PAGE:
Stennis often opposed the initiatives of Presidents Kennedy and Johnson and voted against key programs of the Great Society, such as the Economic Opportunity Act and Medicare. He also opposed every civil rights bill that came before him at this time. Stennis was quite hawkish on foreign policy, and in 1963 he was one of 19 senators to vote against the Nuclear Test Ban Treaty. In 1965, the Senate adopted its first ethics code that was drafted by Stennis and he served as the first chair of the chamber’s Ethics Committee. In 1966, he voted for two constitutional amendments, one for permitting legislative districts to be based on factors other than population, and the other for permitting voluntary prayer in schools. In contrast to his stances on the Kennedy and Johnson Administrations, Stennis often supported the stances of President Richard Nixon. A staunch hawk on Vietnam, he supported Nixon’s bombing of Cambodia in 1970 and his approach to the war in general. That same year, he stated in response to a Supreme Court decision on integration he would challenge candidates of the next presidential election to tell voters outside the South that “I’ll do to your schools what we’ve done to the schools in Mississippi, Alabama, and Louisiana if I’m elected President”, predicting defeat for whoever said so (Illson). In 1972, he joined his colleague Eastland in opposition to the Equal Rights Amendment, which he had opposed even in its 1953 watered-down form. In 1973, President Nixon proposed the so-called “Stennis Compromise” to special prosecutor Archibald Cox, in which instead of the Watergate tapes being publicly released, Stennis (who was known to be hard of hearing) would listen to the tapes and report a summary of what he heard. Cox’s refusal to accept prompted Nixon to order his firing, which resulted in the “Saturday Night Massacre”.

Stennis maintained a conservative record until the Carter Administration, when his record started to moderate. Despite this, he was even later in starting to vote for civil rights legislation: in 1979 and 1980 he was one of a handful of senators to oppose funding the Civil Rights Commission. Stennis finally voted for extending the Voting Rights Act in 1982, which happened to be just in time for his final reelection bid, which he won handily. It was easier for blacks to vote for him as opposed to Eastland, as he had not been a demagogue and was less vocal in his previous civil rights opposition. The following year, Stennis was one of four Senate Democrats to vote against MLK Day. On defense, he mostly supported President Reagan’s initiatives, as he backed increased spending on missiles and voted for aid to the Contras. In 1986, the Democrats won back the Senate, and Stennis served as Senate pro tempore.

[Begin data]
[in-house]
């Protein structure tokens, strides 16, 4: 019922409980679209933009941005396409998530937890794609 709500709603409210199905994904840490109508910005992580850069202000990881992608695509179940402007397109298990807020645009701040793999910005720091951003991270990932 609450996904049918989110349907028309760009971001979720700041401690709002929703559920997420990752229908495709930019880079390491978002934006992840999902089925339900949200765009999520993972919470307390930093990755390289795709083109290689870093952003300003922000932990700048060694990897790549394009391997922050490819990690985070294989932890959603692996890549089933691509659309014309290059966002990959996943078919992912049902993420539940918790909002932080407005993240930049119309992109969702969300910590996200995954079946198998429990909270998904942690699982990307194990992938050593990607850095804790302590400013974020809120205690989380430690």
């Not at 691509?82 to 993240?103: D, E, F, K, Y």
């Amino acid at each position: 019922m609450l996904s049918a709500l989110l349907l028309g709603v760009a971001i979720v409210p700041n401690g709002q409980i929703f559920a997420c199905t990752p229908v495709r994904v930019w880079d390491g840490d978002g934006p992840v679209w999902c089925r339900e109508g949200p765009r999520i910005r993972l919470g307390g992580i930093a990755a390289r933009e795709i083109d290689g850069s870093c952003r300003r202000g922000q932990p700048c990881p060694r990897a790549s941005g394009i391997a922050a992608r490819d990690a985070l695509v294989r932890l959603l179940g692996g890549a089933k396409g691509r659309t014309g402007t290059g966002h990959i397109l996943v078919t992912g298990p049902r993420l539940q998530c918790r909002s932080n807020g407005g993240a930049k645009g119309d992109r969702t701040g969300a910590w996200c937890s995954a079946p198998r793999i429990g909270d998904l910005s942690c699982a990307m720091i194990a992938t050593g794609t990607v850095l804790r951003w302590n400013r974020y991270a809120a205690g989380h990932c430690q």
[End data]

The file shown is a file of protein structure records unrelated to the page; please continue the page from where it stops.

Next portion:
Unlike his colleague James Eastland, Stennis got to serve throughout the entirety of Ronald Reagan’s presidency. Although Reagan was the ultimate conservative politician, Stennis was far from on board with the agenda of him and his Republican supporters despite his conservative record during the Kennedy, Johnson, and Nixon Administrations. His record on domestic issues became more palatable to the Democratic leadership and his overall political record in this period could be regarded as moderate as opposed to conservative and in his final two years it could even be regarded as moderately liberal. Some examples of liberal votes include his 1986 vote to defeat Jesse Helms’s (R-N.C.) amendment killing Washington D.C.’s law prohibiting insurers from denying coverage to people with AIDS, his 1987 vote against confirming Robert Bork to the Supreme Court despite his prior support of conservative justices, and his 1988 votes against exempting religious institutions from Washington D.C.’s anti-discrimination laws for gays and lesbians, against a bill permitting the death penalty for drug lords who order murders, and against a workfare proposal for welfare. He didn’t run for reelection, having served over forty years in the Senate.

Atkins, J. Book review: ‘Big Jim Eastland’. Clarion Ledger.

Illson, M. (1970, January 16). Southern White Leaders Voice Anger and Dismay Over Integration Ruling. The New York Times.

Zwiers, M. (2015). Senator James Eastland: Mississippi’s Jim Crow Democrat. Baton Rouge: Louisiana University State Press.


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“Collectively, Black America has almost faced a nervous breakdown,” he said. “A lot of white people don’t understand how deep that cut can go.”